US inflation rate rises to 7.3 percent in January

car dealership in the United States

Used cars were again a price driver for inflation.

(Photo: AP)

New York, Dusseldorf The price development in the USA is becoming more and more dramatic: In January the inflation rate reached its highest value since February 1982, as the US Department of Labor announced on Thursday. Accordingly, consumer prices rose by 7.5 percent year-on-year. In December, the value was still 7.0 percent.

Economists had expected an average increase of 7.3 percent. It was the fifth time in six months that inflation has come in above expectations. Core inflation, which excludes volatile energy and food prices, rose to 6 percent. Experts had expected values ​​of 5.9 percent here.

Food, electricity and housing expenses proved to be the main price drivers. “A look at the details continues to show relatively broad inflationary pressure across the most important groups of goods,” commented Commerzbank economists Christoph Balz and Bernd Weidensteiner.

The new inflation figures intensify the discussion about the future course of the US Federal Reserve (Fed). At the most recent meeting in January, Fed Chairman Jerome Powell signaled that interest rates should rise from March in order to get inflation under control.

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Those numbers raise the possibility of more aggressive rate hikes, said Naeem Aslam, chief market analyst at brokerage firm AvaTrade. He expects the rate to rise by a total of 100 basis points by July.

Significant interest rate hike possible

Before the inflation figures, most investors had expected interest rates to rise by 25 basis points to a range of 0.25 to 0.5 percent in March. However, they now estimate the probability of a first rate hike of 50 basis points in March at around 50 percent. Before the numbers, the rate was around 30 percent.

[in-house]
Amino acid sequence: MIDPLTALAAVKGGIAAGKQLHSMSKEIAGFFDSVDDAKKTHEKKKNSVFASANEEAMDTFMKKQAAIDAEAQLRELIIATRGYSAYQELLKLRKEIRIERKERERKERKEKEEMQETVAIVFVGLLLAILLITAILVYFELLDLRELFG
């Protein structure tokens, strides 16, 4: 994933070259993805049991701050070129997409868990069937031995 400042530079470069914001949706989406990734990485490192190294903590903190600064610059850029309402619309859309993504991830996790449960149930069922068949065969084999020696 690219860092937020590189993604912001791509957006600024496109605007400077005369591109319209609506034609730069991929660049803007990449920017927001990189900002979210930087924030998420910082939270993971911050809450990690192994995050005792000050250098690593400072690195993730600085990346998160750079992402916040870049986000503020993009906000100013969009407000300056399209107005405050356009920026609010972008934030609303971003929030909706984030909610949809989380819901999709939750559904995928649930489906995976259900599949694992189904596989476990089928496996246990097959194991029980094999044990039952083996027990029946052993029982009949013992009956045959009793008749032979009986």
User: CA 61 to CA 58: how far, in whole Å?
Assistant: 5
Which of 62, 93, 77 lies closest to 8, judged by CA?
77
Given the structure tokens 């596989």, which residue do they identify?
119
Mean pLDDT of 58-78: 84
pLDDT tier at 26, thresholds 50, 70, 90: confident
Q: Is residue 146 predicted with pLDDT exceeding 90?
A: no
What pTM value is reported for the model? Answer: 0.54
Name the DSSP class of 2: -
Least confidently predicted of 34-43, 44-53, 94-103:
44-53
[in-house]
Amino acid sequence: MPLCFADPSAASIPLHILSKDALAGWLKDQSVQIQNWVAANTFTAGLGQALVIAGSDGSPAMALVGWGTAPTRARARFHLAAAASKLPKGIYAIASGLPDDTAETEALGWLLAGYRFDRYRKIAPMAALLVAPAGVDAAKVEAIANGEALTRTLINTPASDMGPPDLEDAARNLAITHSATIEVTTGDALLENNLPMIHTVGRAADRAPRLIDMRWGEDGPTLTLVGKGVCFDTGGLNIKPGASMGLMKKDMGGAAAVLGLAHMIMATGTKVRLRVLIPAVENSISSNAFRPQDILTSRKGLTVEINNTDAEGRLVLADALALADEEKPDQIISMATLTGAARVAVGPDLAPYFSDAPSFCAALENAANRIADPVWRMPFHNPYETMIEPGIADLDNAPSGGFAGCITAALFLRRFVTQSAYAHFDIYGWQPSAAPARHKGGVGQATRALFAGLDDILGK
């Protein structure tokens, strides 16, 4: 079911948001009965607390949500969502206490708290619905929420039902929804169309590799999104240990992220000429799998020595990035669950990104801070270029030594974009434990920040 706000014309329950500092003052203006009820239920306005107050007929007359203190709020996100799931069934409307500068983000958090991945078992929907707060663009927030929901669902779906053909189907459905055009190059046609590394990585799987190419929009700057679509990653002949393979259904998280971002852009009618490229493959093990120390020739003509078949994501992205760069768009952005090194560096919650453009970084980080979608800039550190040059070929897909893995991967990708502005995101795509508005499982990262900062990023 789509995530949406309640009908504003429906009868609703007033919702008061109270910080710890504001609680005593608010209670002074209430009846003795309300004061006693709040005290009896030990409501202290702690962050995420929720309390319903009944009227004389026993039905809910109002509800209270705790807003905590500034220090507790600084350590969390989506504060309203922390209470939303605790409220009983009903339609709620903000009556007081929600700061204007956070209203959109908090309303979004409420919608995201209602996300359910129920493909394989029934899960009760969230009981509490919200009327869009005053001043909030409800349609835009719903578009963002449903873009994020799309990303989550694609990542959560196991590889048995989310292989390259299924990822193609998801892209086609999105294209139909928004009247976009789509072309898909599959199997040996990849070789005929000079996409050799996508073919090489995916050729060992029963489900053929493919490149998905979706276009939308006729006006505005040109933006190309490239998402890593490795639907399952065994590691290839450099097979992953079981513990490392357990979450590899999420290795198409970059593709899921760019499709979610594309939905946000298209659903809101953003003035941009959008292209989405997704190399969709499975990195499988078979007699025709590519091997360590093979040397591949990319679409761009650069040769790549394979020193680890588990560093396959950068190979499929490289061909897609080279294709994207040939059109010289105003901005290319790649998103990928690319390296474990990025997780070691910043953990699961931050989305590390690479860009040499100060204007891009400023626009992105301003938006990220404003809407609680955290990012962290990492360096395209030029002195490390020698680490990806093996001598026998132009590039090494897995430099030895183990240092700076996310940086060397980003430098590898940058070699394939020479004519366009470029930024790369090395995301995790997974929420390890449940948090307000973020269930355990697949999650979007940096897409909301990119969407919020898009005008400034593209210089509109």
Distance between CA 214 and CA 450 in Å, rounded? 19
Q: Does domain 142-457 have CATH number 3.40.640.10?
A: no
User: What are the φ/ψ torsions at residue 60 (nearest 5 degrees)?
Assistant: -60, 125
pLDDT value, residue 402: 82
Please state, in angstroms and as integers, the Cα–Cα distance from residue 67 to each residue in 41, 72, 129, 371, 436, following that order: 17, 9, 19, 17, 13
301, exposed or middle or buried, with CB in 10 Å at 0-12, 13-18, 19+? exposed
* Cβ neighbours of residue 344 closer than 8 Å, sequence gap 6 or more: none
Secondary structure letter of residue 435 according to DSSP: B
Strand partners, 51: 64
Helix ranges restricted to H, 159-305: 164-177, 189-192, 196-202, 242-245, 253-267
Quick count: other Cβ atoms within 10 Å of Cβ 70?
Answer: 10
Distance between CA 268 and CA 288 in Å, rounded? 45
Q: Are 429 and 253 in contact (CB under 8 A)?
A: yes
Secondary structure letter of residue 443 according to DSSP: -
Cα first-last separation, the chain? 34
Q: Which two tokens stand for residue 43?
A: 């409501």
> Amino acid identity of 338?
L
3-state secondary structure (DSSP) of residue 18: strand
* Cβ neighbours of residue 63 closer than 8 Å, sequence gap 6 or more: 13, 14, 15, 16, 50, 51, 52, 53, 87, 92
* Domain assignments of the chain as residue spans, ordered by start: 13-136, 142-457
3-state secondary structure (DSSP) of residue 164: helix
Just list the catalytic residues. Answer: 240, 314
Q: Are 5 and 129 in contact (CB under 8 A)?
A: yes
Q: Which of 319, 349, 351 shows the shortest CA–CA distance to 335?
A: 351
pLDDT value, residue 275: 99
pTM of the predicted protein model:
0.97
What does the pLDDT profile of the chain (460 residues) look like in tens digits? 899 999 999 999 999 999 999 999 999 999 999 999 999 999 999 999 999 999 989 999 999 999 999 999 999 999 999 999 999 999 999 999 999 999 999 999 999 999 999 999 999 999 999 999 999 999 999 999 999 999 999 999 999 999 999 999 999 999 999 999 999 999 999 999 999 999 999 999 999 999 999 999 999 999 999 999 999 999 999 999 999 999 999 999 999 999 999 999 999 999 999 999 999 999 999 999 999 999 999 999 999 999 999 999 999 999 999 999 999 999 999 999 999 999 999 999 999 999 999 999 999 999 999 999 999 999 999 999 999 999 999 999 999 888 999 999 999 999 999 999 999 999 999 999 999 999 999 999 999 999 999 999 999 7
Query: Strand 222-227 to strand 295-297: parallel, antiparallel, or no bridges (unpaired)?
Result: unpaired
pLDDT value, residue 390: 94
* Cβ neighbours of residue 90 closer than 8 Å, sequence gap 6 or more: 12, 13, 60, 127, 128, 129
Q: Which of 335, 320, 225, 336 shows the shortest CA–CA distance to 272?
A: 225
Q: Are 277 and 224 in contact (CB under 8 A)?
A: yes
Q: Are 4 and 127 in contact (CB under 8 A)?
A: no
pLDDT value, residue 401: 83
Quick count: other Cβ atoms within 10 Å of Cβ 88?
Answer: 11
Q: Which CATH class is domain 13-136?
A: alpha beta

Several Fed members had recently signaled that a more significant increase was possible. In a speech on Tuesday, Loretta Mester from the regional Cleveland Fed advocated raising interest rates faster than when interest rates were reversed in 2015. “Inflation is significantly higher and the labor market is significantly stronger,” she pointed out.

Patrick Harker, chief of the Philadelphia Fed, also said earlier this month that a “spike” in inflation would call for a more aggressive stance. An increase of 50 basis points would then be possible as early as March.

The inflation figures caused movement on the financial markets: the leading German index Dax and the EuroStoxx 50 turned negative. Prices also fell on the crypto market, Bitcoin fell from $44,800 to below $44,000.

US bond yields hit two-year highs

Bond yields, on the other hand, rose – the benchmark 10-year US Treasury bond approached the 2.0 percent level and rose to its highest level in two and a half years. The dollar index, which reflects the exchange rate for important currencies, also benefited from the figures with a price increase of up to 0.4 percent to 95.92 points.

The Fed not only wants to raise interest rates, but before that the bond purchase program that was introduced during the pandemic should be completed. The Fed sporadically bought $80 billion a month in Treasuries and $40 billion a month in Mortgage Backed Securities (MBS).

In addition, the Fed is planning to melt down its total assets, which had grown to almost nine trillion dollars during the corona crisis. This would deprive the financial markets of liquidity. She can proceed relatively gently and no longer replace expiring papers with new ones. But Fed Cleveland Chair Mester suggested on Tuesday to sell the mortgage bonds. That would be the more aggressive option and could accelerate the process announced by Fed Chairman Powell to focus the Fed’s total assets on government bonds again.

More: “Plenty of room for rate hikes” – Fed Chair Powell primes markets for significant turnaround.

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